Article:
If someone exploits you for a few millions, you have to decide whether to pay them (who will yank out that money, though?) or refuse. You first have to figure out whether it's an exploit at all, too. And you had better be 101% sure about it. After all, it might be a legitimate winner, even if the chances are absurdly low. Take the lottery as an example. Winning the lottery (we're talking of the "big win", not some pennies) is practically impossible. However, it obviously does happen. Still, since it is kind of impossible to win, you should be inclined to believe that if someone wins, they must be cheaters. Now what would happen if it was publicly known that a lottery company refused to pay, only a single time in history? Nobody would ever play again.
In other words, if it is possible to win real money, you must be prepared to yank out real money in the worst case.

#4 glhf   Banned   -  Reputation: -585

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Posted 02 June 2012 - 03:49 AM

The much bigger concern is what happens when a minor plays your real money betting game. In some countries, you may go to prison for 2-5 years for this (depending on the judge's mood, whether or not they are inclined to think you did enough to prevent it from happening). You are not unlikely to get anything from angry soccer moms in your front yard to death threats from religious zealots too (gambling is the devil, remember).


Good point, And money laundry too.
Maybe that betable site would take care of screening players that want to start betting?
Anyone that would want to start playing for money would have to turn on real money option on their account.. And only way to do that is by sending in all that documents about proof of residence, credit card info and all that pain the ass stuff hehe.

And lastly what happens if someone actually manages to "win" 4-5 million with some exploit? This is something that is not unlikely to happen. Software is only as perfect as the people implementing it, and as perfect as the underlying components. In other words, not at all.
If someone exploits you for a few millions, you have to decide whether to pay them (who will yank out that money, though?) or refuse. You first have to figure out whether it's an exploit at all, too. And you had better be 101% sure about it. After all, it might be a legitimate winner, even if the chances are absurdly low. Take the lottery as an example. Winning the lottery (we're talking of the "big win", not some pennies) is practically impossible. However, it obviously does happen. Still, since it is kind of impossible to win, you should be inclined to believe that if someone wins, they must be cheaters. Now what would happen if it was publicly known that a lottery company refused to pay, only a single time in history? Nobody would ever play again.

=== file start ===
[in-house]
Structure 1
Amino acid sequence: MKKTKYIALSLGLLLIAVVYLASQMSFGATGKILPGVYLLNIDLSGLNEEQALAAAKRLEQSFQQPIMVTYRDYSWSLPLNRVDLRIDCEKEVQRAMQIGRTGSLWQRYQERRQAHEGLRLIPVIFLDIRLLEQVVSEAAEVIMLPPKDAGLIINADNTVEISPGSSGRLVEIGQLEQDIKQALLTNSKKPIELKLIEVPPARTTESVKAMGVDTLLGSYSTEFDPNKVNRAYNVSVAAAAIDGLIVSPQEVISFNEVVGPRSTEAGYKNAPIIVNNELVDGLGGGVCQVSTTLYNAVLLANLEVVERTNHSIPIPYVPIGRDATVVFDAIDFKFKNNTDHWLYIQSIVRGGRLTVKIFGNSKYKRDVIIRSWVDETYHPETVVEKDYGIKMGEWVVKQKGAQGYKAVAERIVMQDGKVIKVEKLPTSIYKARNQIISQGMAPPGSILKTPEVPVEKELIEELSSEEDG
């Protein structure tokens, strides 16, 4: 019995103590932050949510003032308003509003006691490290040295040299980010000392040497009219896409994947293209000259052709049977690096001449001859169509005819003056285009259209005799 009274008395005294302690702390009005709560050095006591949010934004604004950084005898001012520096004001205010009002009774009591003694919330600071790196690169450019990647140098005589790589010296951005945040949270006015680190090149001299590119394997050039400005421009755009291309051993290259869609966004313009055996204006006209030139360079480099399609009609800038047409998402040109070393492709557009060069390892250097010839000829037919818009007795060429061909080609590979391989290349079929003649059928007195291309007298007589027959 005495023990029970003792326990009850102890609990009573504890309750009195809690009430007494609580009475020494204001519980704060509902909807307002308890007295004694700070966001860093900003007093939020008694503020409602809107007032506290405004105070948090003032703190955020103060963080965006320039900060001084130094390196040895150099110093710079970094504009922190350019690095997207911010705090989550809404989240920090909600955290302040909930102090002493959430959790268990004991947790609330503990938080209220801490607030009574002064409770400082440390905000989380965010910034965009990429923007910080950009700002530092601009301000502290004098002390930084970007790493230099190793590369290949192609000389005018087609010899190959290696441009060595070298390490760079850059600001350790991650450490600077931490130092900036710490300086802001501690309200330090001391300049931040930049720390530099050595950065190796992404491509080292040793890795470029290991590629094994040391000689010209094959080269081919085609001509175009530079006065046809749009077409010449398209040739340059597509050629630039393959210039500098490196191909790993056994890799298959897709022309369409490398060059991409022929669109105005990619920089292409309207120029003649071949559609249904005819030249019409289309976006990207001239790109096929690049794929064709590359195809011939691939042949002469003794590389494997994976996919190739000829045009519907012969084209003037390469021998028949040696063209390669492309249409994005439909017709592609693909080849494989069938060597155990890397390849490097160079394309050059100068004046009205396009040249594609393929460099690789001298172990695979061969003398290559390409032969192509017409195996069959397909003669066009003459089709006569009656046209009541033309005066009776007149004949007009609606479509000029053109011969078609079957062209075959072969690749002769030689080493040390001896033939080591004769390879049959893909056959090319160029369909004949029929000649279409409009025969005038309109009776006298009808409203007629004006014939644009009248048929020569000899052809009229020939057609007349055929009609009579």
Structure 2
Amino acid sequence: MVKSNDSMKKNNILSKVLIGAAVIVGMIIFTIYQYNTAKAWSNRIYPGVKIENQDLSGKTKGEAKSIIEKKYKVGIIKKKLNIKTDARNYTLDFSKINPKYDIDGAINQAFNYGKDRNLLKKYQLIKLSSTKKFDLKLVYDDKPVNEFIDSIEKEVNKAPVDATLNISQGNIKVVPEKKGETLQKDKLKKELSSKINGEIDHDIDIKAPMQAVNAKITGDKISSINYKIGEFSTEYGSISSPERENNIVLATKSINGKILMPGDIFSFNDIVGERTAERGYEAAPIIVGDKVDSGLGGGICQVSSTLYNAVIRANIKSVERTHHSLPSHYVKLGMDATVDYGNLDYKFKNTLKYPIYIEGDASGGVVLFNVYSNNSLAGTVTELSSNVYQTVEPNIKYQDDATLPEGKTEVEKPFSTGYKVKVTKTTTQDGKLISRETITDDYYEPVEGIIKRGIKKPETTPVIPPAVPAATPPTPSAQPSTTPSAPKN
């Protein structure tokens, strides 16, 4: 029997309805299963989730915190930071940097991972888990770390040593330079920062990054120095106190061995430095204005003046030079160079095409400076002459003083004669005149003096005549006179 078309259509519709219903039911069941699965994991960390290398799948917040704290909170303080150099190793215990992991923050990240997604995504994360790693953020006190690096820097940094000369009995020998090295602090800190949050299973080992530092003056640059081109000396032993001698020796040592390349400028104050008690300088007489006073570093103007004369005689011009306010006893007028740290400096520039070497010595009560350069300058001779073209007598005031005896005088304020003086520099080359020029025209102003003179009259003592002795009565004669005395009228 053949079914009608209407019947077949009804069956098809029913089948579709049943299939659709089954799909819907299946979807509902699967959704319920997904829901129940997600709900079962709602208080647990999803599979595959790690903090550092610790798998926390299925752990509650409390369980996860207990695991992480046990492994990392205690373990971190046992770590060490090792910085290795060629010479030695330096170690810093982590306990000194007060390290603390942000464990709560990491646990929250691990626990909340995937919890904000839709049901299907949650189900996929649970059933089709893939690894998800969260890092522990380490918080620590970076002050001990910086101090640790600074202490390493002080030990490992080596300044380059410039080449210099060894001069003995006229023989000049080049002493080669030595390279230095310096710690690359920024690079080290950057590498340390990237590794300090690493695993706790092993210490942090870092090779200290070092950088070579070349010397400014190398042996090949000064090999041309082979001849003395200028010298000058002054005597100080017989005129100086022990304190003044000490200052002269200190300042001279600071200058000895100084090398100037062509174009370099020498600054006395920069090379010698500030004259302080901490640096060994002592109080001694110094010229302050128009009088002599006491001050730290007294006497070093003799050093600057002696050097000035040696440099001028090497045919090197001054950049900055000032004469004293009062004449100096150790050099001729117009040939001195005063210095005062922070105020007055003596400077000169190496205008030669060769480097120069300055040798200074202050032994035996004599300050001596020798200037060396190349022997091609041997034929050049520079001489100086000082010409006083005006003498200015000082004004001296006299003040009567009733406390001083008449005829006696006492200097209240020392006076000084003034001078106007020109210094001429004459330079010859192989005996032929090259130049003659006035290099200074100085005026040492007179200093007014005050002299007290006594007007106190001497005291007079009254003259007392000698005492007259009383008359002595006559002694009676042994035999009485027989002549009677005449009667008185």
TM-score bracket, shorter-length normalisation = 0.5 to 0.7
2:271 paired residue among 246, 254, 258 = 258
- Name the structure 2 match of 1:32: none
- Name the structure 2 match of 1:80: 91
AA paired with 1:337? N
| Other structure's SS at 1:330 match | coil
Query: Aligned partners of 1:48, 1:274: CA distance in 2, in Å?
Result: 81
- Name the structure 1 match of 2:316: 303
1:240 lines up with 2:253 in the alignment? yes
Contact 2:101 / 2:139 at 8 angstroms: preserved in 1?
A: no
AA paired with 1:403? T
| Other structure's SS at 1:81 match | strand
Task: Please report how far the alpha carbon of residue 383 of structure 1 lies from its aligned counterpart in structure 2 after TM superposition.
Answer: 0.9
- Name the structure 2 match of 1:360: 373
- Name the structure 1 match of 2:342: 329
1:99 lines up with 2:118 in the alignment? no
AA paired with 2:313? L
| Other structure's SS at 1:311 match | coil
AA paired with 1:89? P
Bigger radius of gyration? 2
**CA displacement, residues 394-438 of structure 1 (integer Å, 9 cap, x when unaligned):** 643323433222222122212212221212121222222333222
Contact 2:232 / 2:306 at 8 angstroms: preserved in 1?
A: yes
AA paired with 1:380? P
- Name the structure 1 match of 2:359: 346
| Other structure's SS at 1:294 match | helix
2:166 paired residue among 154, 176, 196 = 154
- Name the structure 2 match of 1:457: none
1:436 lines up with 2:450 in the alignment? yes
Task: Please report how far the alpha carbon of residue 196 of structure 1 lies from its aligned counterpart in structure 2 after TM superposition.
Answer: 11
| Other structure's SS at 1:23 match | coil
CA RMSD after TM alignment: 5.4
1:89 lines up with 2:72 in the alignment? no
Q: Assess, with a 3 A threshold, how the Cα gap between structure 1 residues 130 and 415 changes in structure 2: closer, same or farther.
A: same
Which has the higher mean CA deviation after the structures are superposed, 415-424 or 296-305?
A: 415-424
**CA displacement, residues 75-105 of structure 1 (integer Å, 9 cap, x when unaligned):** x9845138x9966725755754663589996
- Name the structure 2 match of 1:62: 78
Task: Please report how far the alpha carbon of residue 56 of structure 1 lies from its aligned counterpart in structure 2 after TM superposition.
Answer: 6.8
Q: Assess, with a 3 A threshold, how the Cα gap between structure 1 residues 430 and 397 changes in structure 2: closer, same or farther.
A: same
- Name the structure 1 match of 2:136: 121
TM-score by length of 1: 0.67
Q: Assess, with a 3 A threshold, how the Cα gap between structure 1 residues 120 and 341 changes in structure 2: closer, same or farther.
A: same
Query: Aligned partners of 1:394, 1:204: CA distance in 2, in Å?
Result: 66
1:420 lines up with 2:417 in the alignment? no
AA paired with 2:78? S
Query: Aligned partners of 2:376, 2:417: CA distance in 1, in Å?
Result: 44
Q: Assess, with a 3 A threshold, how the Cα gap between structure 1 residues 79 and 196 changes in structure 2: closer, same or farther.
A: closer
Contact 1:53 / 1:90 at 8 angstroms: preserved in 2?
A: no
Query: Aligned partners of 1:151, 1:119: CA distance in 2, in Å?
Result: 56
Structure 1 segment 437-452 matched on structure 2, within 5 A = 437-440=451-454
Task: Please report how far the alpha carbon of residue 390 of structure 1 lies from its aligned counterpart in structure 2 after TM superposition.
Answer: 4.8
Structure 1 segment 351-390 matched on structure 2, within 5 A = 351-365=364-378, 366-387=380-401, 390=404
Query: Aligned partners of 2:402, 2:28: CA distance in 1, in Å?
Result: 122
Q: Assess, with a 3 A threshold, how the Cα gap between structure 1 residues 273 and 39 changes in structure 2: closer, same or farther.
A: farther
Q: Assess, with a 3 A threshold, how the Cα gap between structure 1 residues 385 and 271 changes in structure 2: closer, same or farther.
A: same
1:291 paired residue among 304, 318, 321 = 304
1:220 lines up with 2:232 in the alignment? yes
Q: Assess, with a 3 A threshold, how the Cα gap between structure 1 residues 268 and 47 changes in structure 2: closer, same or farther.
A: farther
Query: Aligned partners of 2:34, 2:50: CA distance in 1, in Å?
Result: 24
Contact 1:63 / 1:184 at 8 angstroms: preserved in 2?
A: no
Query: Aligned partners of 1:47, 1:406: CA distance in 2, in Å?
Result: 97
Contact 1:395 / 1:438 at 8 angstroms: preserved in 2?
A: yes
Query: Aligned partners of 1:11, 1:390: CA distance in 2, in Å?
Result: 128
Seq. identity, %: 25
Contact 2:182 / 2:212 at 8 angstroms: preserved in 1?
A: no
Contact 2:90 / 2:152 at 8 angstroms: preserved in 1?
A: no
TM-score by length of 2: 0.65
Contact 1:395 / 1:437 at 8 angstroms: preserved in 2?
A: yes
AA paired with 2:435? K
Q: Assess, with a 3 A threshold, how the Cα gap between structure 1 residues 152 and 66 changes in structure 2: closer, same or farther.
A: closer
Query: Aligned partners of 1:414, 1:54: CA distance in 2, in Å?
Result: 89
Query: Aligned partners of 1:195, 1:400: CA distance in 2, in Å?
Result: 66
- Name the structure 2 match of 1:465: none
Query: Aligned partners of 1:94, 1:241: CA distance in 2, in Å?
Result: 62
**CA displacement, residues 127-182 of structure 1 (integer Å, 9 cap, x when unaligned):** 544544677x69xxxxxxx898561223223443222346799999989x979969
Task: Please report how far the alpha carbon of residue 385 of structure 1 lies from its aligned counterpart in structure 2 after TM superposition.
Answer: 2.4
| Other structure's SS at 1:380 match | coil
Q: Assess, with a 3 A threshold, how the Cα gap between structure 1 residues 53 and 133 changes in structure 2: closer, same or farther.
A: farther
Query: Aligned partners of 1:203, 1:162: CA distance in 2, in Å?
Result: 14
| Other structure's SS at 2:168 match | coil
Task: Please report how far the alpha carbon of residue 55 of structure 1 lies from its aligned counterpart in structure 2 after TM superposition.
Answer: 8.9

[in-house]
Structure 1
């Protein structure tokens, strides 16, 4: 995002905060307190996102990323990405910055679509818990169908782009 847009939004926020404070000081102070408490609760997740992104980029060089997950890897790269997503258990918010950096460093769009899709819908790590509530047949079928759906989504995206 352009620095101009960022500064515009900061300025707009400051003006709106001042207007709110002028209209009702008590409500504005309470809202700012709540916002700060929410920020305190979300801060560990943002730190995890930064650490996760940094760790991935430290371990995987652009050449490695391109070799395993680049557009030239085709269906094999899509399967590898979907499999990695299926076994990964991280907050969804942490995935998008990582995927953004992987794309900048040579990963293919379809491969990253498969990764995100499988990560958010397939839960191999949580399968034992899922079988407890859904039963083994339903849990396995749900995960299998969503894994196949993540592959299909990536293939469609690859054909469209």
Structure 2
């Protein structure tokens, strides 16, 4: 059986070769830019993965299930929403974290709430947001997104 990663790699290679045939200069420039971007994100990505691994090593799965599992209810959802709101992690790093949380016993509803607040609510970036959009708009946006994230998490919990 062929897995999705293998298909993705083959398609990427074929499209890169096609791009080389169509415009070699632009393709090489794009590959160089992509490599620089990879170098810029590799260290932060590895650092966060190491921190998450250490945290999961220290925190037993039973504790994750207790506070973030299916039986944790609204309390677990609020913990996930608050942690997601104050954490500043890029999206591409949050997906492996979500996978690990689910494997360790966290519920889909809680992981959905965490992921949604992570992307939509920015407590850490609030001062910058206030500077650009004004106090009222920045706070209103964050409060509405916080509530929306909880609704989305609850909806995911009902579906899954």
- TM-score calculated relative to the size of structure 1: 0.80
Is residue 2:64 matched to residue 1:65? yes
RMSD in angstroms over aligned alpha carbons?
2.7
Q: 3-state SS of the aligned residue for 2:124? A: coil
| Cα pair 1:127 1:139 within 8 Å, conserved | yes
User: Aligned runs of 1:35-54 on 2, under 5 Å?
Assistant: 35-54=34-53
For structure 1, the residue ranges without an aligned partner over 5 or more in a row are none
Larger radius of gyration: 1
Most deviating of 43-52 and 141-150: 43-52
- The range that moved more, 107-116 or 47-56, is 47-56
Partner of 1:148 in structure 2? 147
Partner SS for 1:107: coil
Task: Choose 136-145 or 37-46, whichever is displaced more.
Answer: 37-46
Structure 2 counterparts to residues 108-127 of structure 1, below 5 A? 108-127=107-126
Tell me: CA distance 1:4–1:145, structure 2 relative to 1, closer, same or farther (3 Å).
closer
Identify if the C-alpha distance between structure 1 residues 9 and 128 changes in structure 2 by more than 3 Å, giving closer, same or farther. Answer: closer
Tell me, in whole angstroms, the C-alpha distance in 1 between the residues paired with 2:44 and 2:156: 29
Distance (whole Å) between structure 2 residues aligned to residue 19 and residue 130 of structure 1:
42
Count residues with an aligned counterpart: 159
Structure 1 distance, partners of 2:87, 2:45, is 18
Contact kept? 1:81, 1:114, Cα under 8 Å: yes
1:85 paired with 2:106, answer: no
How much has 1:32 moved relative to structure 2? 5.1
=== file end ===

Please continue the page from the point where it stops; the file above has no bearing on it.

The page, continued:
In other words, if it is possible to win real money, you must be prepared to yank out real money in the worst case.


That's also true..
It would be safest if you don't let them win money from you but from the other players they play against.
Sure you could hold a tournament with a fixed price every now and then as well.

I mean, If it's possible to implement betting into games... I don't see why most games don't do it?
It's pretty much free money for you if you count away the legal issues.
players bet against each other not against you.. so you don't got anything to lose.. but you still take a house cut for letting them bet against each other.

#5 samoth   Crossbones+   -  Reputation: 4509

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Posted 02 June 2012 - 04:50 AM

players bet against each other not against you.. so you don't got anything to lose.. but you still take a house cut for letting them bet against each other.

That's exactly what the lottery does. They let, say, 50 million people bet against each other to guess the right numbers. You take money, say a dollar, from everybody placing a "bet" and you promise to give a prize (which is a share of the paid money), say 20 million, to the winner (if there is one). Plus, maybe another 20 million in small wins, to keep the crowd interested. Then some millions into advertizing, and a share to the dealers who sell your tickets, plus the money to actually print them and you keep the rest.

The jackpot isn't won every time, so all is fine. Massive profit for you.

And now imagine someone wins the jackpot every single time. Not only does nobody else win (not a problem with the lottery, but if people lose every time in a game where it seems possible to win, they soon realize!), but you also lose money.

Edited by samoth, 02 June 2012 - 04:51 AM.


#6 glhf   Banned   -  Reputation: -585

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Posted 02 June 2012 - 05:11 AM